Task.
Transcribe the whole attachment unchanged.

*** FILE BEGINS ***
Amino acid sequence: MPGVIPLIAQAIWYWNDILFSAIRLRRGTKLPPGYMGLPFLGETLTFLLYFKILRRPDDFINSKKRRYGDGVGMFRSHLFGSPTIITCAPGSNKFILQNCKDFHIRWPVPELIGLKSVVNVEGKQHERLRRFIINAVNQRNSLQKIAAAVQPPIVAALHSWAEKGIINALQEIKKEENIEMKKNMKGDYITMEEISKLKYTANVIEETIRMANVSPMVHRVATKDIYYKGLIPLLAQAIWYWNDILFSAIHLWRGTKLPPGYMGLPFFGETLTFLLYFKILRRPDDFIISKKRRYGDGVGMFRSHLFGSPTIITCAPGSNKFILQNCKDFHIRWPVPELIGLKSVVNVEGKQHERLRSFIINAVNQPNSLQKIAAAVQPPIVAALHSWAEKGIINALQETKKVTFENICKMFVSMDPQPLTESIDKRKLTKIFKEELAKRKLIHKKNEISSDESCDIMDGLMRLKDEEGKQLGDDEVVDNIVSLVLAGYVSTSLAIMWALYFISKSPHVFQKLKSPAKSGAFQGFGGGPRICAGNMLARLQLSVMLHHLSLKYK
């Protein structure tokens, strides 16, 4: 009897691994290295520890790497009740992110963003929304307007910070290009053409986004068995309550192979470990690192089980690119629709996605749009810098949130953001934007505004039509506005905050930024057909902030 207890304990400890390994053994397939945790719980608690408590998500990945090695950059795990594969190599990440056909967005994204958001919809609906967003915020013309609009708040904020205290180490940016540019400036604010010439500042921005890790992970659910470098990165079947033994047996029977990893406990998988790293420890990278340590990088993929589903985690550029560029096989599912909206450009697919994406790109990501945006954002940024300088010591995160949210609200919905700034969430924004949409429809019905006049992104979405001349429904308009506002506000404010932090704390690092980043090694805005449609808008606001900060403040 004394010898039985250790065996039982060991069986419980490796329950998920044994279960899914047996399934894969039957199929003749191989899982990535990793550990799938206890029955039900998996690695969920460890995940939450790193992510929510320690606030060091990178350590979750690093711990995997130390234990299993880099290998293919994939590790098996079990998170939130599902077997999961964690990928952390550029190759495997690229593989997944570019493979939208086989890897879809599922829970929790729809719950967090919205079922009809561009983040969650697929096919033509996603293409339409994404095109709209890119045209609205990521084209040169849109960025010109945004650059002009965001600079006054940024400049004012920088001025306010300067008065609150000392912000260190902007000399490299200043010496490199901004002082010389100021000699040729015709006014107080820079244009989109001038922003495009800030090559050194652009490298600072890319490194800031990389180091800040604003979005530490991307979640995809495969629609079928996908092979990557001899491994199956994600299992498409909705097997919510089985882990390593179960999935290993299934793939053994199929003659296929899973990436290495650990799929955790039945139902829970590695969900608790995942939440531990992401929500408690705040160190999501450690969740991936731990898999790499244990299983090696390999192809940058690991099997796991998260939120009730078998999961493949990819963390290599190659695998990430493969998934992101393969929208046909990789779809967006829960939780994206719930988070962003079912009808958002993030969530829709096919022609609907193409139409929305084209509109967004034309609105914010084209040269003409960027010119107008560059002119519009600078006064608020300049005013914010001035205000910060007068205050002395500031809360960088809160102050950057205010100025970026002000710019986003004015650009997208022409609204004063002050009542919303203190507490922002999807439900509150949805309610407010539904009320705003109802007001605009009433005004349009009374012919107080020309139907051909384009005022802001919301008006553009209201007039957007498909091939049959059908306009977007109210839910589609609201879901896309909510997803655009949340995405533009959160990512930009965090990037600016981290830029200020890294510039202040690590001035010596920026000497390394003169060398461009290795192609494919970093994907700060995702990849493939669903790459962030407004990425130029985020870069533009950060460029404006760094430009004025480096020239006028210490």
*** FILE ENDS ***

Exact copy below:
Amino acid sequence: MPGVIPLIAQAIWYWNDILFSAIRLRRGTKLPPGYMGLPFLGETLTFLLYFKILRRPDDFINSKKRRYGDGVGMFRSHLFGSPTIITCAPGSNKFILQNCKDFHIRWPVPELIGLKSVVNVEGKQHERLRRFIINAVNQRNSLQKIAAAVQPPIVAALHSWAEKGIINALQEIKKEENIEMKKNMKGDYITMEEISKLKYTANVIEETIRMANVSPMVHRVATKDIYYKGLIPLLAQAIWYWNDILFSAIHLWRGTKLPPGYMGLPFFGETLTFLLYFKILRRPDDFIISKKRRYGDGVGMFRSHLFGSPTIITCAPGSNKFILQNCKDFHIRWPVPELIGLKSVVNVEGKQHERLRSFIINAVNQPNSLQKIAAAVQPPIVAALHSWAEKGIINALQETKKVTFENICKMFVSMDPQPLTESIDKRKLTKIFKEELAKRKLIHKKNEISSDESCDIMDGLMRLKDEEGKQLGDDEVVDNIVSLVLAGYVSTSLAIMWALYFISKSPHVFQKLKSPAKSGAFQGFGGGPRICAGNMLARLQLSVMLHHLSLKYK
């Protein structure tokens, strides 16, 4: 009897691994290295520890790497009740992110963003929304307007910070290009053409986004068995309550192979470990690192089980690119629709996605749009810098949130953001934007505004039509506005905050930024057909902030 207890304990400890390994053994397939945790719980608690408590998500990945090695950059795990594969190599990440056909967005994204958001919809609906967003915020013309609009708040904020205290180490940016540019400036604010010439500042921005890790992970659910470098990165079947033994047996029977990893406990998988790293420890990278340590990088993929589903985690550029560029096989599912909206450009697919994406790109990501945006954002940024300088010591995160949210609200919905700034969430924004949409429809019905006049992104979405001349429904308009506002506000404010932090704390690092980043090694805005449609808008606001900060403040 004394010898039985250790065996039982060991069986419980490796329950998920044994279960899914047996399934894969039957199929003749191989899982990535990793550990799938206890029955039900998996690695969920460890995940939450790193992510929510320690606030060091990178350590979750690093711990995997130390234990299993880099290998293919994939590790098996079990998170939130599902077997999961964690990928952390550029190759495997690229593989997944570019493979939208086989890897879809599922829970929790729809719950967090919205079922009809561009983040969650697929096919033509996603293409339409994404095109709209890119045209609205990521084209040169849109960025010109945004650059002009965001600079006054940024400049004012920088001025306010300067008065609150000392912000260190902007000399490299200043010496490199901004002082010389100021000699040729015709006014107080820079244009989109001038922003495009800030090559050194652009490298600072890319490194800031990389180091800040604003979005530490991307979640995809495969629609079928996908092979990557001899491994199956994600299992498409909705097997919510089985882990390593179960999935290993299934793939053994199929003659296929899973990436290495650990799929955790039945139902829970590695969900608790995942939440531990992401929500408690705040160190999501450690969740991936731990898999790499244990299983090696390999192809940058690991099997796991998260939120009730078998999961493949990819963390290599190659695998990430493969998934992101393969929208046909990789779809967006829960939780994206719930988070962003079912009808958002993030969530829709096919022609609907193409139409929305084209509109967004034309609105914010084209040269003409960027010119107008560059002119519009600078006064608020300049005013914010001035205000910060007068205050002395500031809360960088809160102050950057205010100025970026002000710019986003004015650009997208022409609204004063002050009542919303203190507490922002999807439900509150949805309610407010539904009320705003109802007001605009009433005004349009009374012919107080020309139907051909384009005022802001919301008006553009209201007039957007498909091939049959059908306009977007109210839910589609609201879901896309909510997803655009949340995405533009959160990512930009965090990037600016981290830029200020890294510039202040690590001035010596920026000497390394003169060398461009290795192609494919970093994907700060995702990849493939669903790459962030407004990425130029985020870069533009950060460029404006760094430009004025480096020239006028210490």